France denies its army aided Rwanda genocide

7th April 2004, Comments 0 comments

PARIS, April 7 (AFP) - France does not share any extra blame in Rwanda's 1994 genocide and its troops were in no way involved in helping those who carried out the massacres, officials here said Wednesday, as the world marked the 10th anniversary of the bloodshed.

PARIS, April 7 (AFP) - France does not share any extra blame in Rwanda's 1994 genocide and its troops were in no way involved in helping those who carried out the massacres, officials here said Wednesday, as the world marked the 10th anniversary of the bloodshed.

French Defence Minister Michele Alliot-Marie angrily rejected accusations last month from Rwanda's current president, Paul Kagame, that the French military "supplied weapons, they gave orders and instructions to the perpetrators of genocide."

Those allegations, she told France Inter radio, were "completely groundless and even utterly scandalous."

She added: "Even if French soldiers were, unfortunately, unable to prevent all the massacres ... they nevertheless made it possible that there was not a total genocide."

Her comments came after a three-day international conference held in the Rwandan capital, Kigali, this week called for an investigation into the part played by France in events surrounding the killings which began on April 7, 1994, triggered the day after a plane carrying Rwandan president Juvenal Habyarimana was shot down.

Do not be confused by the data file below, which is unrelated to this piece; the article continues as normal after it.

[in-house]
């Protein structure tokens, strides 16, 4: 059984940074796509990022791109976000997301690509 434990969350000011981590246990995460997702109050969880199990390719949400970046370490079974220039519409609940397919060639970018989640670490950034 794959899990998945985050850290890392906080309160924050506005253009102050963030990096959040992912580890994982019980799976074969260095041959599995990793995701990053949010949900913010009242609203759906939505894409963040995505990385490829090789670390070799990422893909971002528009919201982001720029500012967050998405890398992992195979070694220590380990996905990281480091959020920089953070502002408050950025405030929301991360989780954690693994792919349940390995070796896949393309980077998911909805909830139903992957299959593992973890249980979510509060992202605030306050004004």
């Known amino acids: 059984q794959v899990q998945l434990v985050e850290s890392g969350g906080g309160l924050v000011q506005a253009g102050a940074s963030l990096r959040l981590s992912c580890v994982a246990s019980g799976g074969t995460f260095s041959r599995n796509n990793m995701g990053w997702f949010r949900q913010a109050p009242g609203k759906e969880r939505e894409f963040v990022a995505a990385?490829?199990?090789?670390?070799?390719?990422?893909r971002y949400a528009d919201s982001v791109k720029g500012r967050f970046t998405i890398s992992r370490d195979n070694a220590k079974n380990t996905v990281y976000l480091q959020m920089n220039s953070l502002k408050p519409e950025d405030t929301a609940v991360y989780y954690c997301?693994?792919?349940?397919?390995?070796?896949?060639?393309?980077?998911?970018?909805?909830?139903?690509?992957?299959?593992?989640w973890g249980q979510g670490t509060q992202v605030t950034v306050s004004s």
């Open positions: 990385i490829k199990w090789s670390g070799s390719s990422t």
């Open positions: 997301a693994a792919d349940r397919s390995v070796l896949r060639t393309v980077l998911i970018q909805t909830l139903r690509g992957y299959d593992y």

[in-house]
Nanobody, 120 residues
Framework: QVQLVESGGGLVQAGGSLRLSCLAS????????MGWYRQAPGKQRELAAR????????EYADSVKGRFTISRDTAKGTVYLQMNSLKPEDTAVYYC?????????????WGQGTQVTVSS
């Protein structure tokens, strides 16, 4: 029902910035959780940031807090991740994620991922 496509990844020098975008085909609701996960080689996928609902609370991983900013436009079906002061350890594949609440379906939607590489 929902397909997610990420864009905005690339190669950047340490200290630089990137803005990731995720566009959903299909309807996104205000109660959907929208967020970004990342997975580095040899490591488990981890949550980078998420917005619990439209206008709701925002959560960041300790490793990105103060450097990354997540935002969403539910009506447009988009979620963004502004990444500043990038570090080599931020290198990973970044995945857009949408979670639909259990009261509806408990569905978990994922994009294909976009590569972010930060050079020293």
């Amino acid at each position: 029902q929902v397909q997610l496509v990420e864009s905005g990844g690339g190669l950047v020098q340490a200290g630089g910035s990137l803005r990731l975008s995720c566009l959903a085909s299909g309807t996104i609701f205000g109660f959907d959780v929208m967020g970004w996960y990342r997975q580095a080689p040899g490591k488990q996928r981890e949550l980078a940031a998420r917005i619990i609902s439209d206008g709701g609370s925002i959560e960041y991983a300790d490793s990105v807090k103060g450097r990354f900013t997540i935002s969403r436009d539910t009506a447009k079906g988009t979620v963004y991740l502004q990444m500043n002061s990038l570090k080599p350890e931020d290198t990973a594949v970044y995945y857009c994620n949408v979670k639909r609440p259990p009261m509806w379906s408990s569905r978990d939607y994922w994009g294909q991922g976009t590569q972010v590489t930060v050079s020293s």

At least 800,000 and as many as one million people were massacred, most of them by the then-Hutu army and extremist militias.

A book published last month that was written by a prominent French journalist, Patrick de Saint-Exupery, alleged, on the basis of interviews with French servicemen, that "soldiers from our country trained, under orders, the killers in the Tutsi genocide."

The finger-pointing at France and its role in French-speaking Rwanda up to and during the genocide has become more insistent in recent weeks as the 10th anniversary of the atrocity neared.

Although UN Secretary General Kofi Annan said in a statement released Wednesday that "neither the UN, nor the Security Council, nor member states in general, nor the international media, paid enough attention to the gathering signs of disaster," France rejected accusations it was especially to blame.

Alain Juppe, the French foreign minister at the time of the genocide, told RFI radio Wednesday that there was a campaign to inculpate France more than others.

Kagame, in a media conference March 25, said: "We cannot continue to pretend that we don't know the facts related to the involvement of French here in Rwanda before, during and after the genocide. These are facts."

Earlier in March, Le Monde newspaper reported that a French police investigation had found Kagame personally responsible for Habyarimana's assassination.

The Rwandan government has strongly denied the allegation that Kagame, who at the time led a mainly Tutsi rebel movement - which went on to seize Kigali and put an end to the massacres in July 1994 - was the "decision-maker" behind the missile attack.

Carla Del Ponte, the former chief prosecutor of the International Criminal Tribunal for Rwanda, said during a visit to Paris on Wednesday that the victims of the genocide had been "somewhat forgotten".

She added that she believed the international community should assume its "moral responsibility" and help the many victims "who are still suffering."

© AFP

                                                   Subject: French news

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